How to install LinuxSampler.

Link to good samples/soundfonts at http://wiki.linuxaudio.org/wiki/free_audio_data

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dchurch24
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How to install LinuxSampler.

Post by dchurch24 »

Hi all,

Every year or so, when I upgrade or do a fresh install of UbuntuStudio, I have the problem of how to get LinuxSampler installed.

I simply don't have the memory capacity to remember how to do it.

I managed to get it installed from source, but it would only work with alsa, there was no Jack option available.

Can someone please point me in the right direction?

Failing that, am I simply out of date, and there's another sampler program that people are using?

PS. Why isn't it compiled and included as default in UbuntuStudio distros?

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Michael Willis
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Re: How to install LinuxSampler.

Post by Michael Willis »

dchurch24 wrote:
Thu Jun 04, 2020 11:29 am
Failing that, am I simply out of date, and there's another sampler program that people are using?
You can try sfizz or liquidsfz. Both of which are relatively newly developed. I really like sfizz; it is easier to use than LinuxSampler, and I it implements the sfz opcodes better for the some of the sample libraries that I use (VSCO and VPO both have instruments that do not sound as expected using LinuxSampler).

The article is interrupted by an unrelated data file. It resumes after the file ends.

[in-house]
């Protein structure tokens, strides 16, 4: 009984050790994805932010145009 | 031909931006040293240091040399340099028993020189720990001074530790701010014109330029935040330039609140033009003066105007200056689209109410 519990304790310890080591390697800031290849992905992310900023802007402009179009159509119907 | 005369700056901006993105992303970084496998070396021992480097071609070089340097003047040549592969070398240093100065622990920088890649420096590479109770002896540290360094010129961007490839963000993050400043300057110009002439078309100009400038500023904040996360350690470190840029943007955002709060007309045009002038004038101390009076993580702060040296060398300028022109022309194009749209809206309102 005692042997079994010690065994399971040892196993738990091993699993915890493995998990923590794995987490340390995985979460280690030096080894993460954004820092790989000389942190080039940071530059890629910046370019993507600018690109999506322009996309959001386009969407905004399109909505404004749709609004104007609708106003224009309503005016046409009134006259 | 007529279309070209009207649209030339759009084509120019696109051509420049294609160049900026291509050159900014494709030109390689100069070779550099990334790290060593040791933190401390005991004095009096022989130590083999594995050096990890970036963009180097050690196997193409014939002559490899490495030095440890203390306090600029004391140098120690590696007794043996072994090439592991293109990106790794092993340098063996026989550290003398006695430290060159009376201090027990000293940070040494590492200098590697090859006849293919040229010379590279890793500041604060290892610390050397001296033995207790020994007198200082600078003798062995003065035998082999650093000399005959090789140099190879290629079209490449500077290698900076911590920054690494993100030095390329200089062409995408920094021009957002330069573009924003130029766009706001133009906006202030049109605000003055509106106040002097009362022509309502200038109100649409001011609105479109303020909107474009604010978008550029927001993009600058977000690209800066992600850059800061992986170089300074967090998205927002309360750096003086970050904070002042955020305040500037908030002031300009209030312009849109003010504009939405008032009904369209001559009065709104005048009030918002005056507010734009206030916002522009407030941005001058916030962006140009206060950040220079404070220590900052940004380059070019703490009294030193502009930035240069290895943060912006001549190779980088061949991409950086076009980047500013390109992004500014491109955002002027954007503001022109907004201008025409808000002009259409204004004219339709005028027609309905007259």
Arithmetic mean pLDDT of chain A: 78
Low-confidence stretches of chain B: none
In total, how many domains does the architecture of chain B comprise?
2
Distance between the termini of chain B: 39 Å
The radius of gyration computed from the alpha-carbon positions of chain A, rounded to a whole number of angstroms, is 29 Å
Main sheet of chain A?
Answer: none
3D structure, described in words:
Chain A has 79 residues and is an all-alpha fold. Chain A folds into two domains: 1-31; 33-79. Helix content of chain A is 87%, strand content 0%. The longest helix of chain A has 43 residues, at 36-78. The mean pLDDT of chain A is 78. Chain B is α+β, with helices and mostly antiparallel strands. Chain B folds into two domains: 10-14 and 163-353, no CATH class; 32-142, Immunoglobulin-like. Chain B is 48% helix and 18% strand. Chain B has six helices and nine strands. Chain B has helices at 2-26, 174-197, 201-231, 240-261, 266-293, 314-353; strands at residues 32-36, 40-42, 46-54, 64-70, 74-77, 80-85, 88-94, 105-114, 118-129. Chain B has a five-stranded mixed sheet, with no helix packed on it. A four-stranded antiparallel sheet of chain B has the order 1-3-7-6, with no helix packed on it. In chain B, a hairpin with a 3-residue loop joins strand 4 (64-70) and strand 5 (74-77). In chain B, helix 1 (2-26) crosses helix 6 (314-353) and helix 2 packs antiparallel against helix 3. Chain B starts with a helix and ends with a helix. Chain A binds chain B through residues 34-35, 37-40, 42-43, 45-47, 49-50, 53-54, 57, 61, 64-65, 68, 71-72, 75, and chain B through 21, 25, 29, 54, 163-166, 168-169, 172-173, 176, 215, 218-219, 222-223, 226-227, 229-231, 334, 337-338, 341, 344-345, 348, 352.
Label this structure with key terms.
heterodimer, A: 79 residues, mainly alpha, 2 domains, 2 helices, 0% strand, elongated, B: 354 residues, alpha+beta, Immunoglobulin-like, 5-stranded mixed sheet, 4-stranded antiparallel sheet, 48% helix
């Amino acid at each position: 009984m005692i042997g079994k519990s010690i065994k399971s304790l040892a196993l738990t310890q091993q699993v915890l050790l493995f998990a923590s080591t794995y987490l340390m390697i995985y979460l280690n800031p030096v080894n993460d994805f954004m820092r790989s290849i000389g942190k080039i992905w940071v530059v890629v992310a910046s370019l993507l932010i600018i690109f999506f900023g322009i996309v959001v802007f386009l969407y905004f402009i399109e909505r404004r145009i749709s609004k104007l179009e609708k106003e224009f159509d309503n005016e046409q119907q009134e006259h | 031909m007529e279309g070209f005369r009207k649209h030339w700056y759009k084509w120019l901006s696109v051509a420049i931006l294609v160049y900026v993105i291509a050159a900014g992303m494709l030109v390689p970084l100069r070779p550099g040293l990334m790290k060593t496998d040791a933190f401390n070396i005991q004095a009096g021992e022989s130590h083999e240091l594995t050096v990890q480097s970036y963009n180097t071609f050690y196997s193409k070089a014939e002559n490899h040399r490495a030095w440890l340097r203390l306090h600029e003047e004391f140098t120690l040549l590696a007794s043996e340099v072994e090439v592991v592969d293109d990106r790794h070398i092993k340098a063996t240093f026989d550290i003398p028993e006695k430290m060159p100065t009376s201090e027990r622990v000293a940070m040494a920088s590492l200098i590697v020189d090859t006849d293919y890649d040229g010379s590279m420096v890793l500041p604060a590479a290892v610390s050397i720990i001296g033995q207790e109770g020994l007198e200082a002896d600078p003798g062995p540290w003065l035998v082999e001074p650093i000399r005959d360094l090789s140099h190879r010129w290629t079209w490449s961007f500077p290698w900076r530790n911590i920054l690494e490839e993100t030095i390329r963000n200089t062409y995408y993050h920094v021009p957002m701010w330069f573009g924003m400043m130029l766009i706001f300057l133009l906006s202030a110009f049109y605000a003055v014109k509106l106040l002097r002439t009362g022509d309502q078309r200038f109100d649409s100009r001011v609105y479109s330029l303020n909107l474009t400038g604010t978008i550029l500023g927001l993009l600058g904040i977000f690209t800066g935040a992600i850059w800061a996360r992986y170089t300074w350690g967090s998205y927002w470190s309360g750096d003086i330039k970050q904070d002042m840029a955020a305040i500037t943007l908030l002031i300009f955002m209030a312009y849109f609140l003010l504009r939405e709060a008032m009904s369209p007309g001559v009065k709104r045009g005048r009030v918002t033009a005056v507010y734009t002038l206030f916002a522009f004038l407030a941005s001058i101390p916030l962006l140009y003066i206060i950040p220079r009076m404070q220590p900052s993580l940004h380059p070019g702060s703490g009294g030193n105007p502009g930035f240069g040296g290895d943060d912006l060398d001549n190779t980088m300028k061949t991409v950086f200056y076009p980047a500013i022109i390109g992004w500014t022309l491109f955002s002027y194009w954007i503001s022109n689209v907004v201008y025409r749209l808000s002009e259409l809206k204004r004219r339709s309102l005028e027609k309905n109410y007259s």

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Bella
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Re: How to install LinuxSampler.

Post by Bella »

If you're having issues compiling, I think the kxstudio repository has a version you can install. It might be an older version of LS though, so if you want latest you'll have to compile.

I think the LS site has a list of dependencies you need to install first. Maybe one of these got missed and is causing an issue with Jack not showing up?

Or you can try Michael's suggestions (been curious about sfizz myself). Do you need to be able to run Gigasampler patches or just sf2&sfz? I think LS is the only Linux option to run .gig files, though I could be wrong about that.

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Michael Willis
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Re: How to install LinuxSampler.

Post by Michael Willis »

Bella wrote:
Thu Jun 04, 2020 7:24 pm
Gigasampler
Oh yeah, that's right... GIG files don't work with sfizz, it only supports sfz.

With that said, libgig is licensed with the regular GPL (instead of the weird LinuxSampler license that claims to be GPL with a commercial exception), so it probably wouldn't be too hard for somebody to develop a stand-alone plugin for GIG files.

lazyklimm
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Re: How to install LinuxSampler.

Post by lazyklimm »

linuxsampler is included in kxstudio repos
linuxsampler/bionic,now 5:2.1.1-1kxstudio2 amd64 [installed]
realtime audio sampler

linuxsampler-dssi/bionic 5:2.1.1-1kxstudio5 amd64
realtime audio sampler (DSSI Plugin)

linuxsampler-lv2/bionic 5:2.1.1-1kxstudio5 amd64
realtime audio sampler (LV2 Plugin)